Asthma affects nearly 300 million people worldwide and while it is well controlled in some people, around one-in-twelve patients respond poorly to current treatments. In a major breakthrough that could lead to a cure for asthma within five years, researchers have found that a protein could be at the root of the condition. The study also revealed that a drug originally designed to treat the bone disease osteoporosis could lead to new therapy for asthma.
Published in Science Translational Medicine journal, University researchers, working in collaboration with scientists at King's College London and the Mayo Clinic (USA), describe the previously unproven role of the calcium sensing receptor (CaSR) in causing asthma, a disease which affects 300 million people worldwide.
The researchers found that a protein called calcium-sensing receptor (CaSR) plays an important role in causing asthma. They used mouse models of asthma and human airway tissue from asthmatic and non-asthmatic people to reach the findings. Crucially, the paper highlights the effectiveness of a class of drugs known as calcilytics in manipulating CaSR to reverse all symptoms associated with the condition.
"Our findings are incredibly exciting," said the principal investigator, Professor Daniela Riccardi, from the School of Biosciences. "For the first time we have found a link airways inflammation, which can be caused by environmental triggers - such as allergens, cigarette smoke and car fumes - and airways twitchiness in allergic asthma.
Our paper shows how these triggers release chemicals that activate CaSR in airway tissue and drive asthma symptoms like airway twitchiness, inflammation, and narrowing. Using calcilytics, nebulized directly into the lungs, we show that it is possible to deactivate CaSR and prevent all of these symptoms.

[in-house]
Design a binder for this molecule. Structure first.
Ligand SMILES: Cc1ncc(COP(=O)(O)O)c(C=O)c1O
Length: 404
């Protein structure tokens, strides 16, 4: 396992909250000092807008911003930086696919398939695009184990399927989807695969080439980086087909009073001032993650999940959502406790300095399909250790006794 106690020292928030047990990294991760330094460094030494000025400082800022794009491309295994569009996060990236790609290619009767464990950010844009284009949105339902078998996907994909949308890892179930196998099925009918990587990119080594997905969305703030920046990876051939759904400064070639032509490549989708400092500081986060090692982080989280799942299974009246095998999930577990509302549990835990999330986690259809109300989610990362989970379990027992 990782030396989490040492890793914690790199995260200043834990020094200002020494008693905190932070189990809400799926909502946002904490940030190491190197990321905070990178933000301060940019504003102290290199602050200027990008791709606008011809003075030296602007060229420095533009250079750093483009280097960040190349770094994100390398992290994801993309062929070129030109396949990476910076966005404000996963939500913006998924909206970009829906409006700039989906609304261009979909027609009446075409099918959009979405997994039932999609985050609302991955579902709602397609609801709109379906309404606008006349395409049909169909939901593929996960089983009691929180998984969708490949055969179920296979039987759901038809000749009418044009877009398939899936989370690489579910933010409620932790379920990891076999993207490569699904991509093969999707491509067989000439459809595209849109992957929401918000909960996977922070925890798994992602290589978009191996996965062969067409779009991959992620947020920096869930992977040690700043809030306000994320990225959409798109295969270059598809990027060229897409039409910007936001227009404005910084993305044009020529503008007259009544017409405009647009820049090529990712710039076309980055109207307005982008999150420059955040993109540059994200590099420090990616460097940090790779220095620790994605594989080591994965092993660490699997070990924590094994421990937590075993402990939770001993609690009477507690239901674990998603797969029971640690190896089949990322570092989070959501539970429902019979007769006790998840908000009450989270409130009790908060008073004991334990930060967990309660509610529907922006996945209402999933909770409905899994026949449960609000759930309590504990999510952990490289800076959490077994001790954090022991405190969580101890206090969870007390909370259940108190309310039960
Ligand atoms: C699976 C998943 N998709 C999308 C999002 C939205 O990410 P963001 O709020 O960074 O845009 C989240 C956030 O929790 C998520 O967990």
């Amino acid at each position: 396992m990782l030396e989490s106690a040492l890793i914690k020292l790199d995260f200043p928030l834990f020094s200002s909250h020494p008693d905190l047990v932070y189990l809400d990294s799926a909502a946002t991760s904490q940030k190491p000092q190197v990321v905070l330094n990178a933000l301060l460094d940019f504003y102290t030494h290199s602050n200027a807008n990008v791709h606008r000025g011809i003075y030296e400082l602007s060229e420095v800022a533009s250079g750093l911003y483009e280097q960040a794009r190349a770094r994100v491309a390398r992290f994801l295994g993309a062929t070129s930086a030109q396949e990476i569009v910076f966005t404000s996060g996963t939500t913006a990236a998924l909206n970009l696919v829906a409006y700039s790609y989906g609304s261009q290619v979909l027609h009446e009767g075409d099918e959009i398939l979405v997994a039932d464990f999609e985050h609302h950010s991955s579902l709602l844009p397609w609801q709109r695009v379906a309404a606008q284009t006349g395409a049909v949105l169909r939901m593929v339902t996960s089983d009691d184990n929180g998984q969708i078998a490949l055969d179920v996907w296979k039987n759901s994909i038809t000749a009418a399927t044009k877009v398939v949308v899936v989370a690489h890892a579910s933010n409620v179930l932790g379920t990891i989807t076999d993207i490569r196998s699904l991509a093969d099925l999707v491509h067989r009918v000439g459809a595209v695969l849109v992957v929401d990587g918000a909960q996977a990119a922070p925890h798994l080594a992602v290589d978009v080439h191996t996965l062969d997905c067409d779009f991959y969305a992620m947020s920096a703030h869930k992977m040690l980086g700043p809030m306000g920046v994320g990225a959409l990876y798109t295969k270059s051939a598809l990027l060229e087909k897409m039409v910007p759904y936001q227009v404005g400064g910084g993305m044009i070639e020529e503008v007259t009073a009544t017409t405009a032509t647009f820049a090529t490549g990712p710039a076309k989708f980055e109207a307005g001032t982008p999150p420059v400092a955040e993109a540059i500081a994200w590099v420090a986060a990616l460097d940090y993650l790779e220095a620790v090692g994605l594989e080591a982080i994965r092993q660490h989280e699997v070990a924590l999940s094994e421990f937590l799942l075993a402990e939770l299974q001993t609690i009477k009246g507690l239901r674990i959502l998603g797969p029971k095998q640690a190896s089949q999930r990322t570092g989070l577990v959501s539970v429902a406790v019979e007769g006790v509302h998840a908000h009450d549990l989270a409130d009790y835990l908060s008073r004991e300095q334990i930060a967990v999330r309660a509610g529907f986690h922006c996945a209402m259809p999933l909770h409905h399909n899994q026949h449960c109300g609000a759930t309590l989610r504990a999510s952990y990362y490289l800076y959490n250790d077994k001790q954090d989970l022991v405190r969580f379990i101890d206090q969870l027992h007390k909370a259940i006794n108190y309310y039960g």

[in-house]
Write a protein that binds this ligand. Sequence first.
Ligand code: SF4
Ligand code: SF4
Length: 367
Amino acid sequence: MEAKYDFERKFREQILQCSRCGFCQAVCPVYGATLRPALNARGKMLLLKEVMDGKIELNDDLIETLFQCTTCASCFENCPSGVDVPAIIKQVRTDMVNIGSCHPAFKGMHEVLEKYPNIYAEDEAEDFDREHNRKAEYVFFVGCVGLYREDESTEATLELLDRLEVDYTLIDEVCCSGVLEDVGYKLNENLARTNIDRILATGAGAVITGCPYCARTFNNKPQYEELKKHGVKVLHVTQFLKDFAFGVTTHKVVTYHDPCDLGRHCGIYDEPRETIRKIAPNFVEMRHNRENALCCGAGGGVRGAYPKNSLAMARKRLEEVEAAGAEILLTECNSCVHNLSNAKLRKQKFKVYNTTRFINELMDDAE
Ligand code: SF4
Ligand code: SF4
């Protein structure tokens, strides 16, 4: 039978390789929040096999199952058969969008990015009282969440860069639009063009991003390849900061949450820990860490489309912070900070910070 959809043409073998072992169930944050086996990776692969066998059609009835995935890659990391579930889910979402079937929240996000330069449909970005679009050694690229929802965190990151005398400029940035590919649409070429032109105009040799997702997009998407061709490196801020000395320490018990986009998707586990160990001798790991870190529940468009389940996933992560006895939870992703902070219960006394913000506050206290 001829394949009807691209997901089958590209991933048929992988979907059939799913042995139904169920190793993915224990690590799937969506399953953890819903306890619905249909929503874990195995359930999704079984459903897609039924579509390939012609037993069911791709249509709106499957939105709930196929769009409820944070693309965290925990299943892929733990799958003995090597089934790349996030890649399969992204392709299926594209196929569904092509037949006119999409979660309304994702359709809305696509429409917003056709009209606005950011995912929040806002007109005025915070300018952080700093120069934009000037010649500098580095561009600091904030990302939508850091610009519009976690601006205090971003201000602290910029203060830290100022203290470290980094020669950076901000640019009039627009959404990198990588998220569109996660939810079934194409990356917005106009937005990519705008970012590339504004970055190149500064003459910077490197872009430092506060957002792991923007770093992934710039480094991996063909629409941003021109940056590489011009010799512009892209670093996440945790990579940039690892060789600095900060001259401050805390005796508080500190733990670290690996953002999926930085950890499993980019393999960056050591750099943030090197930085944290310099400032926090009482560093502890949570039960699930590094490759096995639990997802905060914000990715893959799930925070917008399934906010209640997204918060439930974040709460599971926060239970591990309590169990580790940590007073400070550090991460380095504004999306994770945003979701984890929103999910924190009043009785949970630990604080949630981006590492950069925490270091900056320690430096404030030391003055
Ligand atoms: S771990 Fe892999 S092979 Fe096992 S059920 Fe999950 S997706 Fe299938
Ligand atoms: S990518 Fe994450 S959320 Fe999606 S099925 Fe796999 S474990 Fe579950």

If we can prove that calcilytics are safe when administered directly to the lung in people, then in five years we could be in a position to treat patients and also potentially stop asthma from happening in the first place."
Dr Samantha Walker, Director of Research and Policy at Asthma UK, who helped fund the research, said, "This hugely exciting discovery enables us, for the first time, to tackle the underlying causes of asthma symptoms. Five per cent of people with asthma don't respond to current treatments so research breakthroughs could be life changing for hundreds of thousands of people.
"If this research proves successful we may be just a few years away from a new treatment for asthma, and we urgently need further investment to take it further through clinical trials. Asthma research is chronically underfunded; there have only been a handful of new treatments developed in the last 50 years so the importance of investment in research like this is absolutely essential."
According to Cardiff Professor Paul Kemp, who co-authored the study, the identification of CaSR in airway tissue means that the potential for treatment of other inflammatory lung diseases like chronic obstructive pulmonary disease (COPD) and chronic bronchitis, for which currently there exists no cure. It is predicted that by 2020 these diseases will be the third biggest killers worldwide.
With inputs from IANS and Cardiff University